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Leahy Announces Support Of Democratic Filibuster On Gorsuch Vote

J. Scott Applewhite
Democratic members of the Senate Judiciary Committee, from left, Sen. Patrick Leahy, D-Vt., the committee's ranking member Sen. Dianne Feinstein, D-Calif. and Sen. Richard Blumenthal, D-Conn. arrive on Capitol Hill in Washington, Monday, April 3, 2017.

Sen. Patrick Leahy announced Monday morning that he will support an effort by Senate Democrats to filibuster the nomination of Judge Neil Gorsuch to the U.S. Supreme Court.Leahy said in a statement that Gorsuch "refused to address any substantive issues during his testimony" and that the nomination puts "the rights of hardworking Americans" at risk.

Last week, Sen. Leahy made it clear that he would oppose the Gorsuch appointment, but he also said it was unlikely that he would support a Democratic effort to indefinitely delay the Senate's consideration of the nomination.

Currently, under Senate rules, Supreme Court nominees need 60 votes to be approved, and it appears unlikely that Gorsuch will receive this threshold vote.

That's because at least 41 Democratic senators, including Leahy, have announced that they'll support a motion to "filibuster," or block the nomination from coming to the Senate floor for a vote.

If the Democrats filibuster later this week, Senate Majority Leader Mitch McConnell has threatened to invoke what is known as the "nuclear option."

It's a procedure that would change the rules of the Senate to allow a Supreme Court nominee to be confirmed with only a simple majority of votes.

Speaking during the Judiciary committee's nomination hearing, Leahy said he feels compelled to support the Democratic filibuster because GOP leaders are proceeding with a highly partisan agenda.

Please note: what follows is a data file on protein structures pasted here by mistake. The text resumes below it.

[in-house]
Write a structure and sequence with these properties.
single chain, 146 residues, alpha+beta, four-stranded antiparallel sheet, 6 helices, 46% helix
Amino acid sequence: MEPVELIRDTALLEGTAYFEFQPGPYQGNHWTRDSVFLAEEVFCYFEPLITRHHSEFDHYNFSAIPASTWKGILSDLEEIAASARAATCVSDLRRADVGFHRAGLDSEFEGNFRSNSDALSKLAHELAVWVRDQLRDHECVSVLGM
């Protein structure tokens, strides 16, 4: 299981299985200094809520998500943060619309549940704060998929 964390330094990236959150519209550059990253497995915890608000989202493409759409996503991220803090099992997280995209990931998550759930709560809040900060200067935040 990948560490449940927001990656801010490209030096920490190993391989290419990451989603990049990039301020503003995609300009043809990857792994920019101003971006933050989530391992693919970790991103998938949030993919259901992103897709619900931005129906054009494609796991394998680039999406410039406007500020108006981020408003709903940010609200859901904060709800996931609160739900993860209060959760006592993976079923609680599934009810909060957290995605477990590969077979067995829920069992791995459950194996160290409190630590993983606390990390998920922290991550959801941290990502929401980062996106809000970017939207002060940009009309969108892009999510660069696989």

“The majority leader has promised to use whatever tactic is necessary to get his way to make sure that Donald Trump's nominee is confirmed, even if that means forever damaging the United States Senate," said Leahy.  

And Leahy is still angry that GOP leaders last year failed to consider President Obama's nominee for the Supreme Court, Merrick Garland.

"Some members even refused to meet with him,” said Leahy. “What a shameful stain on the proud history of this committee.”

Leahy noted that he has voted six times in the past to support the nominee of a Republican president but he says he can't do it this time because he's convinced Judge Gorsuch is determined to implement a very conservative agenda on the Court.

“As a judge he twisted statutory language to limit the rights of workers and women and children with disabilities, and he reached for broad constitutional questions that were not before him in order to advance his agenda," said Leahy.  

Could the Senate Republicans' decision to change the rules for Court nominees have an impact on the future workings of the Senate? Middlebury College political science professor Matt Dickinson thinks the answer is yes.

“It raises the possibility of going the next step, which is just eliminating the filibuster on all legislation,” said Dickinson. “And that would change the character of the Senate, which would no longer be distinct from the House in the sense that individual prerogatives would be subsumed to the larger fight between the two parties."

Sen. Bernie Sanders has previously announced that he'll vote against the Gorsuch appointment and that he'll also support Democratic efforts to filibuster the nomination.

Update 5:42 p.m. This post has been updated to include additional reporting.

Bob Kinzel has been covering the Vermont Statehouse since 1981 — longer than any continuously serving member of the Legislature. With his wealth of institutional knowledge, he answers your questions on our series, "Ask Bob."
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